“We are thrilled with the court’s decision and look forward to creating a world where it doesn’t take years of wading through unlawful procedures for these veterans to get relief.”

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  1. Hmm. What are “minor infractions?”

    Not much mentioned by the powers that be, groups, about the … “Vietnam generation.” Another very deep subject along with the many causations of PTSD or life changing traumatic experiences that changes people perceptions of real life. A lot of it classified as unmentionables in military of civilian life.

    Battlefield trauma, charges for trying to self-medicate since people aren’t supposed to “whine?” Negative effects from forced SSRIs? The myriad of false diagnosis. So-called “blanket parties” for some coming forward over some sexual attacks or some other wrongs that are a unmentionable. Better to classify them as nuts and hand out bad papers to shut them up or get rid of them. For not agreeing with official narratives like the John McCain family secrets and wrong doing then facing some consequences. Easier to dump people with bad paper than investigate and expose some wrong doing especially if it will give some things in the military a black eye. The machine has to make the real victims look as crazy or unbelievable as possible which the VA and Gov., seem excellent at to cover their own butts. Could be bad news for those out there with some trauma and dual, or more, diagnosis of “whistle blowing” over some particular issue. To countless vets being told bad paper can turn good in a year so just by filing a piece of paper to the Gov which is total propaganda and lies too.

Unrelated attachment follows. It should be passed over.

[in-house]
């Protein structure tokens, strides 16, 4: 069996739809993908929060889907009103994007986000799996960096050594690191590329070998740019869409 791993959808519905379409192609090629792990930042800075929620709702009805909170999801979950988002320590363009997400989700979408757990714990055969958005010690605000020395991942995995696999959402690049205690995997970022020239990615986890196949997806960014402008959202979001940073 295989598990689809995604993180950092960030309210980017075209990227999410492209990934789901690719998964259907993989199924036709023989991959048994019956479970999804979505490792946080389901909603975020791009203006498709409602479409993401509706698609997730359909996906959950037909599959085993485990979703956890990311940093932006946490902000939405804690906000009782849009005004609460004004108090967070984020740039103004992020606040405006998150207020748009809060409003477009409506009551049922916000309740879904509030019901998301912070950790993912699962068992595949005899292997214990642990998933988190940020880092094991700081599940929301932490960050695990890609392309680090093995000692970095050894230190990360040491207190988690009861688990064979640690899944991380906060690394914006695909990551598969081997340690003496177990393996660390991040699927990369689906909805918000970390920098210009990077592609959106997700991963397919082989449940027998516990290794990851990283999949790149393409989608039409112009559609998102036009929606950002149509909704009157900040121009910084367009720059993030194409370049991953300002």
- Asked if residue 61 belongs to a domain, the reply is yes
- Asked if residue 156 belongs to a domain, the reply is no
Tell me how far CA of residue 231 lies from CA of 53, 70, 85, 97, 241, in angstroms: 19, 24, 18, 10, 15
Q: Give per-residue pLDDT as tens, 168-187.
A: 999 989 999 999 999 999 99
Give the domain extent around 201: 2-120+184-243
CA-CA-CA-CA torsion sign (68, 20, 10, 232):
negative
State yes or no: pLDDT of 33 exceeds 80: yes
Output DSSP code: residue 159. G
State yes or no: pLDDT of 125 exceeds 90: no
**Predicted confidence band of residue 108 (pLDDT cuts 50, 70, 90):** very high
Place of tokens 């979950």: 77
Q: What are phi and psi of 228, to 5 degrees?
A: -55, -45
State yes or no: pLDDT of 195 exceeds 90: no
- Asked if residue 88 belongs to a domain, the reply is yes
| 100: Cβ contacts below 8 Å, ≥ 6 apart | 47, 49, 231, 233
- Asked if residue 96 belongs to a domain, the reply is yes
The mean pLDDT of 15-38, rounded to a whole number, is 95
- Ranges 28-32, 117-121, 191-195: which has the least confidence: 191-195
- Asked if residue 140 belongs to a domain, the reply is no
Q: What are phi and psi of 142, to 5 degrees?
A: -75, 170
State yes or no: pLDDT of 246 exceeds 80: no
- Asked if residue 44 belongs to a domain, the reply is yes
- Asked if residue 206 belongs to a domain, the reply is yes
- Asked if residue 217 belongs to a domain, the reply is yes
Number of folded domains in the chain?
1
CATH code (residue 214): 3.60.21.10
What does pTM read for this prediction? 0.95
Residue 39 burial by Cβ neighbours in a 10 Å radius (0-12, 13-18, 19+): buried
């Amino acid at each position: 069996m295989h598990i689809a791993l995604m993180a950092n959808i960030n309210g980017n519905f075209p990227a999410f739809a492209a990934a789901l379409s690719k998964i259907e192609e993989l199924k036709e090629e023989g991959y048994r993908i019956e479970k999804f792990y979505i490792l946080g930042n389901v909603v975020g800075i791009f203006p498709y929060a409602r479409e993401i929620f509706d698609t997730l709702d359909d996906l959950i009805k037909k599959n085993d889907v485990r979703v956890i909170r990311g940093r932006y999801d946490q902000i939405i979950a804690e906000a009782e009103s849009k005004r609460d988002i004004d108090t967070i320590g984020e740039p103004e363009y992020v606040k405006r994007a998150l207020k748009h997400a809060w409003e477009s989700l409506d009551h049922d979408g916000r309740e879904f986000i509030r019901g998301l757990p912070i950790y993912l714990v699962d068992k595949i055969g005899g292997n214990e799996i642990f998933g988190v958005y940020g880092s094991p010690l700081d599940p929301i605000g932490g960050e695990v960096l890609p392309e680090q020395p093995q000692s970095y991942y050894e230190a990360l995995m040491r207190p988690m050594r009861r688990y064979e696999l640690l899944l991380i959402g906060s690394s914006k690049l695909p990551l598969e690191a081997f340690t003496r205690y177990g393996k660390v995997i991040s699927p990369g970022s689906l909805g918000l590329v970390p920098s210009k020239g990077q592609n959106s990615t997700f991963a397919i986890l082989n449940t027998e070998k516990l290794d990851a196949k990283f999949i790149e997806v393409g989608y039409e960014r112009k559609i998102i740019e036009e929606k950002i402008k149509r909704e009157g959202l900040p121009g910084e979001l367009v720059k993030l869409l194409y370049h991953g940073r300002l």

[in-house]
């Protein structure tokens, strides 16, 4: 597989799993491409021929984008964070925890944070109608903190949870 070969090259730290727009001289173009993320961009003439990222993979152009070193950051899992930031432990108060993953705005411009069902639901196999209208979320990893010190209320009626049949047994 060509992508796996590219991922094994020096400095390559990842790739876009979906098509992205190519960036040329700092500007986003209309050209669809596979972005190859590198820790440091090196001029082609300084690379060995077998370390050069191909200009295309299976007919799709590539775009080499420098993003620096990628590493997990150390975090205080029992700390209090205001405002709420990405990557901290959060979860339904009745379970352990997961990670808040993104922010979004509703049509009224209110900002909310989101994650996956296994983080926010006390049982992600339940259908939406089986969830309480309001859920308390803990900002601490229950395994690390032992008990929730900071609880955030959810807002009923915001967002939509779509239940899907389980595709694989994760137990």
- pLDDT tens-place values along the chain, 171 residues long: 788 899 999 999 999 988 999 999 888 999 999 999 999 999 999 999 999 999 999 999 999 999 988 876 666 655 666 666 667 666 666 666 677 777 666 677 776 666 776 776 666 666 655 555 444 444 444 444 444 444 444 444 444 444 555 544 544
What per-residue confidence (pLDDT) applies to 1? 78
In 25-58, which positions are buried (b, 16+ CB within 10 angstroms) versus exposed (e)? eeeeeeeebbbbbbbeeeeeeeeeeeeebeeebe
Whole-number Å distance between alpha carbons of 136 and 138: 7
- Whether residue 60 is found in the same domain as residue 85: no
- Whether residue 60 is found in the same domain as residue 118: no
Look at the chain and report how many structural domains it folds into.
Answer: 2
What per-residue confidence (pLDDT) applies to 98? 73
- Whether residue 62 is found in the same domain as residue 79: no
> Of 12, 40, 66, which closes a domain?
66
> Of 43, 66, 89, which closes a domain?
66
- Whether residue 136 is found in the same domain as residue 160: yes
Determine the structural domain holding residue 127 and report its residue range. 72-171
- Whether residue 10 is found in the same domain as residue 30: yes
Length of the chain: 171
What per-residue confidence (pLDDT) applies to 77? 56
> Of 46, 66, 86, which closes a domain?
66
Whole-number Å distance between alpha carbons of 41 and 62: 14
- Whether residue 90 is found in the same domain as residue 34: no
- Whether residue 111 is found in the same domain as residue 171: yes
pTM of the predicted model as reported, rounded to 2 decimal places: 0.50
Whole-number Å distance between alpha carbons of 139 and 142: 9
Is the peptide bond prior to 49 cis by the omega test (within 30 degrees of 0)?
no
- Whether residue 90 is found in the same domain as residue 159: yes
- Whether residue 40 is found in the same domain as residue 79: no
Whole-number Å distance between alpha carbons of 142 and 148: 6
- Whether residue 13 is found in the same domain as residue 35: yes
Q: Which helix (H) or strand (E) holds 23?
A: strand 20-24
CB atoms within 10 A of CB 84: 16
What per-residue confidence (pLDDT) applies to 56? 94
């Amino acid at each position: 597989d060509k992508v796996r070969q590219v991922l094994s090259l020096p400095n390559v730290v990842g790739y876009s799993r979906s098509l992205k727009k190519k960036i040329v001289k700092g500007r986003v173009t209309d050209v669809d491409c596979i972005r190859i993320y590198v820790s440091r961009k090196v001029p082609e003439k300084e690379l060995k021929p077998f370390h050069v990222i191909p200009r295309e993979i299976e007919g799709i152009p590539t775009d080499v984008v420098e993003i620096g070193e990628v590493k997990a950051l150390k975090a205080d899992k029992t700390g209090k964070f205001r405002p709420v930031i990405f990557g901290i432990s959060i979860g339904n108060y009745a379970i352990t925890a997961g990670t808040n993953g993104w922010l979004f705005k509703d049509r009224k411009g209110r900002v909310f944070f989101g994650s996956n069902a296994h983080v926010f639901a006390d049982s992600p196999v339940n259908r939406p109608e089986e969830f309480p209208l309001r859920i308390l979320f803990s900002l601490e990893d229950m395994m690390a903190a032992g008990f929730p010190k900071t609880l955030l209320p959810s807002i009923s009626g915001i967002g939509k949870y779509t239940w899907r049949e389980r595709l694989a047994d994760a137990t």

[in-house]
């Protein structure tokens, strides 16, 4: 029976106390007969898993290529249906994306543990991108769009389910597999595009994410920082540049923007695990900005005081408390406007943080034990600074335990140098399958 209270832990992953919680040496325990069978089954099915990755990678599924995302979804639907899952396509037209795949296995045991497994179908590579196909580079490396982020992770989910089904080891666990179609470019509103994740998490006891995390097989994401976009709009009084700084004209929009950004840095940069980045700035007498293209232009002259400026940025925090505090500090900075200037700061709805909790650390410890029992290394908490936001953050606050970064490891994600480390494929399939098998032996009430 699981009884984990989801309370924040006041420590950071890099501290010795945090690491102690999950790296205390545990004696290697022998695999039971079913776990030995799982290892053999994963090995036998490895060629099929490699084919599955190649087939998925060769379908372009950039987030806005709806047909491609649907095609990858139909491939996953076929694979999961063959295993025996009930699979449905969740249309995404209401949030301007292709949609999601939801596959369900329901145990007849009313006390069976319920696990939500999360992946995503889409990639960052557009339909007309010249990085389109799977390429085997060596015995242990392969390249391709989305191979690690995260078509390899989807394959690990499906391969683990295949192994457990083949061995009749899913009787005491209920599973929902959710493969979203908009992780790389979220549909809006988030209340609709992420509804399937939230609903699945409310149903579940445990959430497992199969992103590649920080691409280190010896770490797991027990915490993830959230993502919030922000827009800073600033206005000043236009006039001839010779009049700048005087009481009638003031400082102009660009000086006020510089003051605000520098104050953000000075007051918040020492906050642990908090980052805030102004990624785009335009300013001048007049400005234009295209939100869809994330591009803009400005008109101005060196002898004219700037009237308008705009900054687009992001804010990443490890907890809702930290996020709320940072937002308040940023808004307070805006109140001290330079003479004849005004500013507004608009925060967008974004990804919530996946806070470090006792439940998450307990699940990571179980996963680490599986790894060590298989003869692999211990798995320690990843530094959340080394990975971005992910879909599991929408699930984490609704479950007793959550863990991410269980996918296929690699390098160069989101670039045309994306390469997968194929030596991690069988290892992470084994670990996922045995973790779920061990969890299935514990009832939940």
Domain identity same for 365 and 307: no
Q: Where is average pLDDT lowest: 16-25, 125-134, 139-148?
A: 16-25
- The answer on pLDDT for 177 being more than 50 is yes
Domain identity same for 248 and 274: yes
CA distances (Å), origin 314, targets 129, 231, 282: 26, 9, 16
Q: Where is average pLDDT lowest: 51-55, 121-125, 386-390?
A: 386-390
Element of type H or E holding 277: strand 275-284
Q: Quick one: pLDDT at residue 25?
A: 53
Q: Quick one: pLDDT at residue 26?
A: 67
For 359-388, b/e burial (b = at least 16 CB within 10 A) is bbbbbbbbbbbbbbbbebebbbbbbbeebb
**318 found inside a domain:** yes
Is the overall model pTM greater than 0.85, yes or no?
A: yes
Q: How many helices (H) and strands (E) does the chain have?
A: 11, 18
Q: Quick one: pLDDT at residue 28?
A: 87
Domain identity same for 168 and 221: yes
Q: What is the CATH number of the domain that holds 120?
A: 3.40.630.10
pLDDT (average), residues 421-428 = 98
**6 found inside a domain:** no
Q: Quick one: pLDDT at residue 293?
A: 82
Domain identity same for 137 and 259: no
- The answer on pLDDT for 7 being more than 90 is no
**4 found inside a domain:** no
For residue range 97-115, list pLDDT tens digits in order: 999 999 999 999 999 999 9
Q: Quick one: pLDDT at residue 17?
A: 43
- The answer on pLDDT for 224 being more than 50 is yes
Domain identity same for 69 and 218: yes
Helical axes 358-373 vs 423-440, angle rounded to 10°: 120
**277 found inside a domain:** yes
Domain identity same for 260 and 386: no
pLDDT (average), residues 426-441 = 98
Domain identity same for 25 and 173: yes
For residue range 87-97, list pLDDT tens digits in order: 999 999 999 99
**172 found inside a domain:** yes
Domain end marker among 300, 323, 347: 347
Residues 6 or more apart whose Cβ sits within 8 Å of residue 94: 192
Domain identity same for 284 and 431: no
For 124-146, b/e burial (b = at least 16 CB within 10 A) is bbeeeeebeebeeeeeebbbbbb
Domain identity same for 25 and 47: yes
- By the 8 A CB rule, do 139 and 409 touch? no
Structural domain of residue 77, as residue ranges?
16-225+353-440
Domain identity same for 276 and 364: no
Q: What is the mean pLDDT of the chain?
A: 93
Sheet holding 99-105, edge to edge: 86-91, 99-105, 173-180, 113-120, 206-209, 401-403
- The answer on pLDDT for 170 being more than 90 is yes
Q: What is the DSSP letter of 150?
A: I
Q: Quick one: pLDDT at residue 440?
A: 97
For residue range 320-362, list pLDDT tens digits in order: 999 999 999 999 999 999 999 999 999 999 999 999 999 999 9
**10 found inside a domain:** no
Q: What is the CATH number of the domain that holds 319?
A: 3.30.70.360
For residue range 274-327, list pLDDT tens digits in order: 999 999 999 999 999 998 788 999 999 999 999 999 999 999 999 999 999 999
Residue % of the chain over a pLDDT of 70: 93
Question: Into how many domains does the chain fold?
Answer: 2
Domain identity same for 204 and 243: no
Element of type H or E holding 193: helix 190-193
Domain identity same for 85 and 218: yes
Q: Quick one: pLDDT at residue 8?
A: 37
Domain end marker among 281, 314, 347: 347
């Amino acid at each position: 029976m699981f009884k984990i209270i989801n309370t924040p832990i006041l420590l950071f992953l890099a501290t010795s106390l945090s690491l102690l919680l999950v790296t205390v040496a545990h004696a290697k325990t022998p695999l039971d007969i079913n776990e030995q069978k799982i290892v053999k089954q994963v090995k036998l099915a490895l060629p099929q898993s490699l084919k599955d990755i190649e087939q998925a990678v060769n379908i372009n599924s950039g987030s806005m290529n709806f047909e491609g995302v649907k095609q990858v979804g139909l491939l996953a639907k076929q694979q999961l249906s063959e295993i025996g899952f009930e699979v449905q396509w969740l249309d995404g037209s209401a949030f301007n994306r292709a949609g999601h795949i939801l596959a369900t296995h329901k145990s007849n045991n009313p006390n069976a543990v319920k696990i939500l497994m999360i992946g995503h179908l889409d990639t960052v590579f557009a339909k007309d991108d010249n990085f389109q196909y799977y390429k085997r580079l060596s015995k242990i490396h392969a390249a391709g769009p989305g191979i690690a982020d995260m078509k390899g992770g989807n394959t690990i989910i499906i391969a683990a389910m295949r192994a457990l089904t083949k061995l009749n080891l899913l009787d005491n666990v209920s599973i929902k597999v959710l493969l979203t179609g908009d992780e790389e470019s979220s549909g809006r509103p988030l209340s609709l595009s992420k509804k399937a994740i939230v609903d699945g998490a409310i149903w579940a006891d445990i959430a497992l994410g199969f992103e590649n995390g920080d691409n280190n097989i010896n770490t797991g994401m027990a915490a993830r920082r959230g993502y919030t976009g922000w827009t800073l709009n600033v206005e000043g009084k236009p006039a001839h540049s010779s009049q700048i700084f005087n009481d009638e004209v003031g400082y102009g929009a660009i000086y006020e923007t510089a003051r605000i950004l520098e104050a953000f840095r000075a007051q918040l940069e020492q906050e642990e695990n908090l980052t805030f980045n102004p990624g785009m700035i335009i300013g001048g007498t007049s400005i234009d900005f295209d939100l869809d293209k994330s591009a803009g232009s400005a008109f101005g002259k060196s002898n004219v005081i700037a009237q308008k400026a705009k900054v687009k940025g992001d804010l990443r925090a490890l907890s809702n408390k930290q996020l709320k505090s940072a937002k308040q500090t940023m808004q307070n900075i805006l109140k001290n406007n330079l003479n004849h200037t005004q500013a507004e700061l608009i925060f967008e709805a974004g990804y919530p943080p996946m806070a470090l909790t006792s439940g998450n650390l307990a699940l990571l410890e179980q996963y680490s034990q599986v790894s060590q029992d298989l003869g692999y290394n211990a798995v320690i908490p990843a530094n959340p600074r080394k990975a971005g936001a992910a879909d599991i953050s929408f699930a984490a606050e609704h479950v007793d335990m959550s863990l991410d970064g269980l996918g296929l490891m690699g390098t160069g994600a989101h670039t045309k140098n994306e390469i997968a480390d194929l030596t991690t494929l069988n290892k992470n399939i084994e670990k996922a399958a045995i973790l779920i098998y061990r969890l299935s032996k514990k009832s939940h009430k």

There’s thousands of stories out there to be heard but few care or would dare listen to some of the crap allowed to happen for generations.